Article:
Two cities with different issues, identities and planning priorities — for the first time, their respective urban-design gurus brainstorm on why the two cities are connected by much more than a river.
See the related story Transforming the Lost Half Mile.
The Charles River both links and divides. While tourists, commuters, and joggers move back and forth seamlessly, in more meaningful ways, the two separate cities of Boston and Cambridge operate as two different worlds. Locally, the perception is one of separate parts. The “People’s Republic of Cambridge” is seen as a universe apart from Southie or Beacon Hill. And in the global quest to attract new companies and new talent, the two cities may need to compete with each other, while being perceived as one by the rest of the world.
Click images above to view slideshow.
The world is rapidly shifting from a top-down corporate culture to a youth-driven culture of ideas; the cities of Boston and Cambridge are an internationally recognized ideas hub. Stunning facts demonstrate the depth of this young, vibrant culture. In Boston, one in three residents is between the ages of 25 and 35, while Cambridge has a student population of 44,639 — a reasonably sized city itself — of whom approximately 20% come from abroad. Combined, we have the highest number of creative professionals per capita anywhere.
We are one region made up of complementary parts. This is essential to maintaining and strengthening our leading role in the New World Order of Ideas.
Cambridge and Boston, alone or combined, have enviable clusters of innovation: The Longwood Medical Area to Kendall Square or MIT to the Seaport Innovation District all attract the best of 21st-century investment and talent. This is further augmented by our extremely diverse population. Neighborhoods from Beacon Hill to Harvard Square or East Cambridge to Hyde Park offer a vast array of lifestyle choices and are complemented by centers of art and culture such as the BSO, the ICA, Harvard’s Fogg Art Museum, and MIT’s Media Lab. Both cities have been consistently voted “most walkable” by major magazines and indexes. In short, we are an array of world-class institutions and neighborhoods that provides a rich network of urban options and opportunities. All this is set in a dense, sustainable, easily accessible compact landmass that is well suited to keep us a global model for complementary economic and urban development. Our assets are larger than the sum of the parts. The challenge, then, is less about changing our urban setting and more about changing perceptions.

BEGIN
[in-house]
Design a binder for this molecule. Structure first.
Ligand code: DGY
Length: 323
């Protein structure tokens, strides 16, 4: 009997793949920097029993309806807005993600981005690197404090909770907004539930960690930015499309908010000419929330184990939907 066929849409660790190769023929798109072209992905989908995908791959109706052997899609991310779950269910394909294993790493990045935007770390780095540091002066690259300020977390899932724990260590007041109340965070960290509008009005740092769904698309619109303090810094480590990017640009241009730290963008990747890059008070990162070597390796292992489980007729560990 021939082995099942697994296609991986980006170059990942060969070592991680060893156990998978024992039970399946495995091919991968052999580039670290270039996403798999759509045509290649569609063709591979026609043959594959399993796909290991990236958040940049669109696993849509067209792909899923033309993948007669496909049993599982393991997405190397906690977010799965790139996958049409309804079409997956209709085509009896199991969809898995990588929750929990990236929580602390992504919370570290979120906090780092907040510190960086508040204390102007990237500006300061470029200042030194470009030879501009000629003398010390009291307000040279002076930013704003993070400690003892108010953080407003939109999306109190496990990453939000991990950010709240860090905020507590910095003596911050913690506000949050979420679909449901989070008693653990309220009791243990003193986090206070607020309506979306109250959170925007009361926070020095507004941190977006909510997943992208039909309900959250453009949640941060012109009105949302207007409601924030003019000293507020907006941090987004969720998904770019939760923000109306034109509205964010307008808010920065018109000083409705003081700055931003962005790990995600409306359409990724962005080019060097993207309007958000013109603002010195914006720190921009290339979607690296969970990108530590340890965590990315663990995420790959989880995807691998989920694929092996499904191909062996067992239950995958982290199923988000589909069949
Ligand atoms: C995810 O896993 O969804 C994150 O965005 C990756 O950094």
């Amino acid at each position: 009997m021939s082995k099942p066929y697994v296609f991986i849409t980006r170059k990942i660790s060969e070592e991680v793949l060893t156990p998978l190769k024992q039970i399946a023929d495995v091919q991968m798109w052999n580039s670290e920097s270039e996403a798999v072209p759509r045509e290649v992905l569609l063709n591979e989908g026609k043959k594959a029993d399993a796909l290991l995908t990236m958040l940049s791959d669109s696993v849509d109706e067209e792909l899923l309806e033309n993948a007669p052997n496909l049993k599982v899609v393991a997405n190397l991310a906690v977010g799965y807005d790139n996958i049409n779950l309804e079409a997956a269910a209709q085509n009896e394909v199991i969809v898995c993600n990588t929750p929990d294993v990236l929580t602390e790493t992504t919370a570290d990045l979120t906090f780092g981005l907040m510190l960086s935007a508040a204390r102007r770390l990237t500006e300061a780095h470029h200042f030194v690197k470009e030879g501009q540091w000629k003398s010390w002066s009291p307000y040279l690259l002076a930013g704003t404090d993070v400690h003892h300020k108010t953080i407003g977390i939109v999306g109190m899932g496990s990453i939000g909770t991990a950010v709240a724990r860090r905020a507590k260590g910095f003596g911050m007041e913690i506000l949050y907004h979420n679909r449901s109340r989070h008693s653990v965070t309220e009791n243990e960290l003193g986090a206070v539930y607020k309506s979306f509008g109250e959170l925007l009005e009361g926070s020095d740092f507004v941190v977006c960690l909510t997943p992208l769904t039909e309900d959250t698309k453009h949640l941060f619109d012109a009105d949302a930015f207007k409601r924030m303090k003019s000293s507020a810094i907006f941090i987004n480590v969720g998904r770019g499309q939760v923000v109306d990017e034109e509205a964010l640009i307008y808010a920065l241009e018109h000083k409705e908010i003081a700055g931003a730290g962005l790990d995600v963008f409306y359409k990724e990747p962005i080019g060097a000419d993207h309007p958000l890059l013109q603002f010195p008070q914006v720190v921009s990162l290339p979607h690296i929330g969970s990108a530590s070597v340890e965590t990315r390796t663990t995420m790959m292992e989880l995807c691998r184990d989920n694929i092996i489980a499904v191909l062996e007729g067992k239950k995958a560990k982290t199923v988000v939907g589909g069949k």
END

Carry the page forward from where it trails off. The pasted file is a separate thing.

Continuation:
Architects and planners are at the forefront of influencing public perception through the facts and stories we choose to highlight and the ideas we reinforce through design. In our medical and educational clusters, we build to complement one another; in our physical connections and bridges, we repair and reinforce how mindful we are of the skylines and street views; and, in the physical and symbolic “lanes of innovation,” from bike lanes to the Innovation Express, we connect. A healthy rivalry is part of what makes both cities richer, by increasing our depth of options for those who want to explore, invest, play, and live here. Architects and urban designers are in the business of visualizing alternative futures in which the parts and whole can be seen as different yet complementary.